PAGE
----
Now the debate of using soaked wood vs. dry wood has been going on for a long time, and you’ll find people on both sides of the fence. For me, I’ve always used dry wood for smoking.

In my style of cooking wood is used to produce smoke for flavoring the product. It’s not the main heat source; I use a hot bed of charcoal for that. But the type of smoke created is crucial for turning out quality bbq.

I want a wood that has been dried properly, so it creates Thin Blue Smoke (TBS) when placed over hot coals. (you can read my article about the “thin blue smoke” here >> )

Too much smoke is worse than none at all when it comes to BBQ and that’s what you get when you use wood with high moisture content.

Now people ask me all of the time “How much wood should I use?” For me it’s just a few chunks at a time. I start with a couple chunks each of cherry and apple. That yields about 45min of good, clean TBS.

Once those chunks are burned, I’ll add a few more. Thus allowing me to control how much smoke I’m producing at one time, so I don’t have to worry about giving the meat an over smoked taste.

People argue with me that “Soaked wood burns longer”, this statement may be true, but the smoke produced is not clean. The high moisture content keeps the combustion level of the wood down and the steam carries impurities of the wood with it.

So even though you might be increasing your burn times, your actually killing the taste of your ‘que because those impurities your steaming your meat with build-up on the outside and can give it a creosote taste (think lighter fluid).

If you want to increase your burn time, there is a better option. You just need to strategically place your wood in your fire box. Spread them out so as your coals burn, the wood catches and burns naturally with a good, clean “TBS” smoke.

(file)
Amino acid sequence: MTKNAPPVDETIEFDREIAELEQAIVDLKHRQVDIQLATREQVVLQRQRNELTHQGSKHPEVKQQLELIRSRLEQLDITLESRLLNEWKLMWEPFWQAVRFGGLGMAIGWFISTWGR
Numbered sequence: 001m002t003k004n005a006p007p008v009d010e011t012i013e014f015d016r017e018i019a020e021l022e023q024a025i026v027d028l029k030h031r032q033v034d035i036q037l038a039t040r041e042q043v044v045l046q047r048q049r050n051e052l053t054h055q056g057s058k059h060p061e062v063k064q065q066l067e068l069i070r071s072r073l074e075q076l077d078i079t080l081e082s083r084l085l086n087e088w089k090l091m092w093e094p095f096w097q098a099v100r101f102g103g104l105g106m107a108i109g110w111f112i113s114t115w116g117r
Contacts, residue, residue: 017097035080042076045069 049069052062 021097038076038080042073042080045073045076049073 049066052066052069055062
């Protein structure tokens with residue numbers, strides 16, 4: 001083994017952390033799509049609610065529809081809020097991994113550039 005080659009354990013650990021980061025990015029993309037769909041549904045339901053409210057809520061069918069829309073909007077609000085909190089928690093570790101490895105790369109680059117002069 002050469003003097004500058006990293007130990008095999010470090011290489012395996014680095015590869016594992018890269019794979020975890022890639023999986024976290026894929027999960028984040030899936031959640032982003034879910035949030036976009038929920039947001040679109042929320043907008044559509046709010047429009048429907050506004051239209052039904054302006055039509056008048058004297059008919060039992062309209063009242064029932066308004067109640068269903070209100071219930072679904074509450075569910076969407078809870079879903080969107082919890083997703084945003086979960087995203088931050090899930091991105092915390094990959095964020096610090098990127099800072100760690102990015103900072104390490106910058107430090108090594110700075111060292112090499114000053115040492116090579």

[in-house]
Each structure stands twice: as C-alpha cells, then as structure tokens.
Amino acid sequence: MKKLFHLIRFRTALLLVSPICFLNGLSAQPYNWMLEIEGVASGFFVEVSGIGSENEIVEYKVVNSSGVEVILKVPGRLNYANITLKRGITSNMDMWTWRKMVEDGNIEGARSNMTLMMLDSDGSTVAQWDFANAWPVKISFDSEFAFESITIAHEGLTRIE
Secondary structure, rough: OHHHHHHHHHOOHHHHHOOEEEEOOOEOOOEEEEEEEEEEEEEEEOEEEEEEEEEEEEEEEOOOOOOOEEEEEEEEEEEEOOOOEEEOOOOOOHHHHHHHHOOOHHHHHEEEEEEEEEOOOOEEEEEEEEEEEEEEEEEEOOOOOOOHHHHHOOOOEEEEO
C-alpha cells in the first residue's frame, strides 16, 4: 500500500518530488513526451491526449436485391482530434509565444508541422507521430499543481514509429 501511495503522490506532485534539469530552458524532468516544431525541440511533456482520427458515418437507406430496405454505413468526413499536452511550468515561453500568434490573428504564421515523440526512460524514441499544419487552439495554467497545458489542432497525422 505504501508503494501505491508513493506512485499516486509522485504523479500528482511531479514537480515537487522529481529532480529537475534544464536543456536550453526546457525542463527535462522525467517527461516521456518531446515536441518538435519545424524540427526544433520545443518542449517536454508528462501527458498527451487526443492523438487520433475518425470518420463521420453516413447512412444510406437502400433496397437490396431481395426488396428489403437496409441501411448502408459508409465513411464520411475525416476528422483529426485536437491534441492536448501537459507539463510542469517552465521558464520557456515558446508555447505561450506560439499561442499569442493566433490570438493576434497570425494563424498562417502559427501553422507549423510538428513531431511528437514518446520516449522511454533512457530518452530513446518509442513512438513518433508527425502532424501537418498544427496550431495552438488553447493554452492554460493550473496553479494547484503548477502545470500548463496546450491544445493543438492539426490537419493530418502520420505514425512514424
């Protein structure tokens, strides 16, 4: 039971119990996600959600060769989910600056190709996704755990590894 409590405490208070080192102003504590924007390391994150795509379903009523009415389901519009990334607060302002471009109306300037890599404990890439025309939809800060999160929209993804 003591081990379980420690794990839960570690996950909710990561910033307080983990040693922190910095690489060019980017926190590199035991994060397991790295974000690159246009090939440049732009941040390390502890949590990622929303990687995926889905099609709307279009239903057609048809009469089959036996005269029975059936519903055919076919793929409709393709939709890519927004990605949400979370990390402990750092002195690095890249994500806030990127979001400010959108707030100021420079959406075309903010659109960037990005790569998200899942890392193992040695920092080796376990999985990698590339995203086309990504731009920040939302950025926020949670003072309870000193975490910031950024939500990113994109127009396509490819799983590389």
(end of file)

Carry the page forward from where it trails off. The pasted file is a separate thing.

When your wanting to produce Competition-Quality BBQ, using a quality wood is as important as the quality of meat you’re cooking.

Malcom Reed
Killer Hogs BBQ Cooking Team
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About the Author

I am Malcom Reed and my brother, Waylon, and I are the Killer Hogs competition bbq team. Here at, I want to give you my secrets, methods and techniques you need to produce competition-quality BBQ. I want to give enough detail for BBQ novices, but still offer information that is useful for the professional BBQ cooks. I only focus on REAL bbq. And I take it seriously.

6 Comments on this article. Feel free to join this conversation.

  1. Josh Ludlam September 3, 2013 at 5:29 am -

    I have been watching your videos and studying your techniques for weeks now. This past Labor Day we had about thirty people over for live music. My first cook on the new offset smoker I built. Mimicking you videos I cooked two whole chickens six racks of ribs and a Boston butt. There wasn’t one complaint and the ribs were gone in 30 min after putting them out. I used store bought rub but look forward to trying THE BBQ RUB in the future. Thank you for your videos

  2. Administrator November 18, 2013 at 12:09 pm -

    Thanks for checking out the site!

  3. Jason November 21, 2014 at 8:58 am -

    Thanks for clearing this up big dawg.

  4. Peyton February 15, 2016 at 12:21 pm -

    Cool tip about not soaking the chips. I had always heard to soak chips but not chunks.

  5. Skillbilly BBQ March 9, 2016 at 10:45 am -

    It matters on what type of cooker I have a stick burner wet or dry works good .and if you are buying the wood where I live we have storms that make wood for us like 110 mile an hour you wood

  6. LeAnn Lewis March 2, 2017 at 10:03 am -

    We have a propane smoker, so I can’t set the wood chunks into the fire. Can I just put them in the wood box dry? My husband’s been following your directions, so far he’s tried a full slab of ribs and the beer can chicken. Tomorrow we’re going for the whole pork shoulder. Mmmm

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